Orders to U.S. factories rose broadly in September, propelled by business spending on commercial airplanes, boats and machines.
The Commerce Department said Wednesday that factory orders rose by 2.1 percent in September, the steepest increase since January. Orders were flat in August.
Excluding the volatile transportation sector, orders rose 0.4 percent, after gaining 1.3 percent in August.
Business spending on big-ticket goods such as airplanes and heavy machines produced most of the demand. But consumer spending also rose by 1.0 percent, after running flat in August.
Economists have worried that recession-weary consumers will not spend enough to keep factories moving as business spending subsides. Wednesday's report may ease those fears.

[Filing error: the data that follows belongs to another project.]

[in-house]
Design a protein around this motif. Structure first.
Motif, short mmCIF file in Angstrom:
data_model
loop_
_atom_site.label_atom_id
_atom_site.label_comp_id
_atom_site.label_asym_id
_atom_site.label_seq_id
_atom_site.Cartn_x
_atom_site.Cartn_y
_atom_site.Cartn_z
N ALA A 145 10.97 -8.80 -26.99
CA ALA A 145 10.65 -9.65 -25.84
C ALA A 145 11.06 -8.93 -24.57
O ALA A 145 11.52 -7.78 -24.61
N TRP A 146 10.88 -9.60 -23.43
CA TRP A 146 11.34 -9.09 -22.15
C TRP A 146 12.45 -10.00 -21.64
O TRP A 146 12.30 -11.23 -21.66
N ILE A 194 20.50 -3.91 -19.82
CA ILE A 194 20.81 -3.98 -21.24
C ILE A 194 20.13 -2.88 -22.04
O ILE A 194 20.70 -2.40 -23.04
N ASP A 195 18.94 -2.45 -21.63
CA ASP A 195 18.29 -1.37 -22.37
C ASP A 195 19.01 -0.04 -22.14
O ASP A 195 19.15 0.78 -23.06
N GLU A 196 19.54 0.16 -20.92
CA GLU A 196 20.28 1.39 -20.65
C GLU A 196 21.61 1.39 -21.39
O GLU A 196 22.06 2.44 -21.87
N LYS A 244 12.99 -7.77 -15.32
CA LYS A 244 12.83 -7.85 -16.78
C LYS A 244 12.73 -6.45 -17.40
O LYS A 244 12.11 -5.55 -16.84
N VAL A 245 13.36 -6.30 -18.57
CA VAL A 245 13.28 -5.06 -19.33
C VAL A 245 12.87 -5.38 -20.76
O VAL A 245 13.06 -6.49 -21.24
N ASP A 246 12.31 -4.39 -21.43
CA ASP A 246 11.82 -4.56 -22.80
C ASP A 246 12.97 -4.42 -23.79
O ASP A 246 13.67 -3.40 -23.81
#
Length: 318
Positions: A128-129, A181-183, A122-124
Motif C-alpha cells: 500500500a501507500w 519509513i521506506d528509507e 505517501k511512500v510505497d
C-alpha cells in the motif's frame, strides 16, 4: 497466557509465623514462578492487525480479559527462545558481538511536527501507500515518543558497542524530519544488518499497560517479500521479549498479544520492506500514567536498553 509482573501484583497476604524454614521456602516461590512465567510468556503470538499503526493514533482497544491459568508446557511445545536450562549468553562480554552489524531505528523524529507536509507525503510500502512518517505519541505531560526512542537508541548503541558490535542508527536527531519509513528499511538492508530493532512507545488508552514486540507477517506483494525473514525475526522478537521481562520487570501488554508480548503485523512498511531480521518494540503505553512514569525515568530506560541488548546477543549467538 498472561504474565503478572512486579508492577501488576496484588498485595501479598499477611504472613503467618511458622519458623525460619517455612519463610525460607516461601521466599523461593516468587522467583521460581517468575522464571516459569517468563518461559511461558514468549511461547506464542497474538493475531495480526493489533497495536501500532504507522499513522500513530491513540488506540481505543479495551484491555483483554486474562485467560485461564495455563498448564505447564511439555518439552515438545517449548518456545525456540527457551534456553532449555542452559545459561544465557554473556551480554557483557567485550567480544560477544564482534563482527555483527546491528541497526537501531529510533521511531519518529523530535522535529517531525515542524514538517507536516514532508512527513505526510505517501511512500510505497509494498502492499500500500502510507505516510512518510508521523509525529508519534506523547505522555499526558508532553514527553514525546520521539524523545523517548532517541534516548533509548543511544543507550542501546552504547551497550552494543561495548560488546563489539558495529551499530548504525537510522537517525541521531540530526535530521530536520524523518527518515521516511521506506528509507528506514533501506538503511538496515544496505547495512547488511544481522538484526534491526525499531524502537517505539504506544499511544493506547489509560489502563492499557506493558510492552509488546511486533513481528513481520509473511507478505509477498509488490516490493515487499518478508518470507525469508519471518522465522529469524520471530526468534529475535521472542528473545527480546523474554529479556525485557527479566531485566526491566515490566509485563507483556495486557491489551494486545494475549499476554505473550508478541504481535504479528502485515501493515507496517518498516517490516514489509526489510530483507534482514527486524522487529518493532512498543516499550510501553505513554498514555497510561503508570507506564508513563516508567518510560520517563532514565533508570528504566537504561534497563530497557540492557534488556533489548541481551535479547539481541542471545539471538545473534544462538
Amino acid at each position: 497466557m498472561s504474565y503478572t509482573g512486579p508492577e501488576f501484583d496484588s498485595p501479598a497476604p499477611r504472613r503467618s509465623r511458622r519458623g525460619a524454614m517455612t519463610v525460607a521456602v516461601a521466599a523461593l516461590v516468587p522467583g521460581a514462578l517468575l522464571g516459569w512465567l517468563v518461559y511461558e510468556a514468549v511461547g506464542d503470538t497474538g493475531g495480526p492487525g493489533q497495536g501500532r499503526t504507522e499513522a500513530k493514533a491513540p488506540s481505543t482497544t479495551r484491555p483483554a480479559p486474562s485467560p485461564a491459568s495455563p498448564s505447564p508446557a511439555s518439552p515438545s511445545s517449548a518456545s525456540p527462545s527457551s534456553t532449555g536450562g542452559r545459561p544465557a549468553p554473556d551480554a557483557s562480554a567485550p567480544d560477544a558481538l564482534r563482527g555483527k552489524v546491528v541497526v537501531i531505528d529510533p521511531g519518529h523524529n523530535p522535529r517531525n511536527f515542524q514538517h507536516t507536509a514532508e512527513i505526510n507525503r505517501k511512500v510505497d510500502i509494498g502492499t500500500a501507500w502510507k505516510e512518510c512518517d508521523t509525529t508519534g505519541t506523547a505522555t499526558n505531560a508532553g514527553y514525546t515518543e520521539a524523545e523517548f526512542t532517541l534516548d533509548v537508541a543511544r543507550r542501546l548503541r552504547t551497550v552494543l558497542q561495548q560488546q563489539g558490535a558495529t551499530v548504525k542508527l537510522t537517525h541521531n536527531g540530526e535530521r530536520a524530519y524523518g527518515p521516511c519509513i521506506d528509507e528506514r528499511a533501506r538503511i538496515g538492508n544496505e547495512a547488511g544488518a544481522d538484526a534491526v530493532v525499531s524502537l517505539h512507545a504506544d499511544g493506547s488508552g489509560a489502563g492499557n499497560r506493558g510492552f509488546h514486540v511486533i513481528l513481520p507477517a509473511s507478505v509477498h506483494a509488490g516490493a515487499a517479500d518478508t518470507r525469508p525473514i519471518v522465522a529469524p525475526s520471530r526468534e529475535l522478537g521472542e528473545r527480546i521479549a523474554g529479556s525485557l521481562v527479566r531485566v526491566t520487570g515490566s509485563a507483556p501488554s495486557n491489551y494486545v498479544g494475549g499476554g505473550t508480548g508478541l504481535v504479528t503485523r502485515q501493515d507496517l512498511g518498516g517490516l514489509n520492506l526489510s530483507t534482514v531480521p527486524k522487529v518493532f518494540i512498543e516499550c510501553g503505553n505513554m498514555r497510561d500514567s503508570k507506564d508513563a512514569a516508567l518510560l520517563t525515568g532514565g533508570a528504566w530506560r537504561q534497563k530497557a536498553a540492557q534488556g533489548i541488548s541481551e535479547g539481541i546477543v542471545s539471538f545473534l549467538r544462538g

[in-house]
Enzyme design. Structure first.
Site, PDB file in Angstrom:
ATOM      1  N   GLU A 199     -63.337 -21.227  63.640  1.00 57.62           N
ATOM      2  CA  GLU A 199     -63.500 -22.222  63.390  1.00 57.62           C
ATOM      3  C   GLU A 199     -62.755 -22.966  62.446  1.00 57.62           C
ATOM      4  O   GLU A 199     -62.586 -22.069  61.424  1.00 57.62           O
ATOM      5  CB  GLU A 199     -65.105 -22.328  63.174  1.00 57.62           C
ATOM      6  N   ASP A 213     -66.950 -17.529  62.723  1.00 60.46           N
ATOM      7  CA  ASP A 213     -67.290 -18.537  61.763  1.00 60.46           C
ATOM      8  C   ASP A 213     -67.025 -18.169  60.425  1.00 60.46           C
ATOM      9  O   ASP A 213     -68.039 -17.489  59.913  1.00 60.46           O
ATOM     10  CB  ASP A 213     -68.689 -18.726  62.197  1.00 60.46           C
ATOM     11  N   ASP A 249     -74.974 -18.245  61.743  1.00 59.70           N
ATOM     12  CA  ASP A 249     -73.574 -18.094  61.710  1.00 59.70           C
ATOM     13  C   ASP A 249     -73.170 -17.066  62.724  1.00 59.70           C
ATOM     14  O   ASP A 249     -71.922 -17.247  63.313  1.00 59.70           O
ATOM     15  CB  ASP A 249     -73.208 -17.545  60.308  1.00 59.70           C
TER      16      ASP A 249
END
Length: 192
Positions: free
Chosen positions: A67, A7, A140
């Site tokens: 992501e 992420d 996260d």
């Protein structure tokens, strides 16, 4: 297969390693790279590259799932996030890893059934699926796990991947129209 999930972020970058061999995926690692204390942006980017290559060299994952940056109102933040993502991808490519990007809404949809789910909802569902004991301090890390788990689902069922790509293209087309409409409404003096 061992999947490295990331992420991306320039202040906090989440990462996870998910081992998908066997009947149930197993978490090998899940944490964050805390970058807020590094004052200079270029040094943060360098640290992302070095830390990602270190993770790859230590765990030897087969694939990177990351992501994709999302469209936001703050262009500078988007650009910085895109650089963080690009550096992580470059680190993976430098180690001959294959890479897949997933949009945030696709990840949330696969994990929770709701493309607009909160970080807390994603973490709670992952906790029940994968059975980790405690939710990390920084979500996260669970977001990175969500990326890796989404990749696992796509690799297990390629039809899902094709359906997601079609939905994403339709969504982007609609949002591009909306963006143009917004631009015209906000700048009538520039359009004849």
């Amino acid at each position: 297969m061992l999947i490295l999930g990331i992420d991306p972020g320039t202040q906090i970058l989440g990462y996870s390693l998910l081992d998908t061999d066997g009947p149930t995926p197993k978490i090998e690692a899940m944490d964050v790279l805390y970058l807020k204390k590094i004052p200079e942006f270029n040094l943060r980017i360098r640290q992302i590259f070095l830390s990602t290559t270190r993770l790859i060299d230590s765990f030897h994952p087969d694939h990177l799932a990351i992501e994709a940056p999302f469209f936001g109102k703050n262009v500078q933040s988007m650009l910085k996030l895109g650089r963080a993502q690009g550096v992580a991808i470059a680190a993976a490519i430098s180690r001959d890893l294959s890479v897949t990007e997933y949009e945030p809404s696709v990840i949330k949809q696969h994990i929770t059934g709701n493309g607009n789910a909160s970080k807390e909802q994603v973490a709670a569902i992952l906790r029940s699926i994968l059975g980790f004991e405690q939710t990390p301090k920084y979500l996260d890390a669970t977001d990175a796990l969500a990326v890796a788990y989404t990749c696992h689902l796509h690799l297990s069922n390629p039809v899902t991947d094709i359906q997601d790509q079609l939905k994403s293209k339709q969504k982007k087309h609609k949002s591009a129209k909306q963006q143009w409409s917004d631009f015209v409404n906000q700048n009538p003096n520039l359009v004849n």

Factory orders in September regained some of the strength they showed last winter, as manufacturing helped lift the nation out of its deepest recession in decades. Orders for costly, long-lasting goods grew by the most since January, as did overall transportation orders.
Photographic and corporate communications equipment orders were among the report's weak points. Orders in those categories fell by 18.6 percent and 21.0 percent.
Factories got a boost from government spending on military airplanes and communications equipment. Long-term investment in military increased by 8.5 percent, the most since January.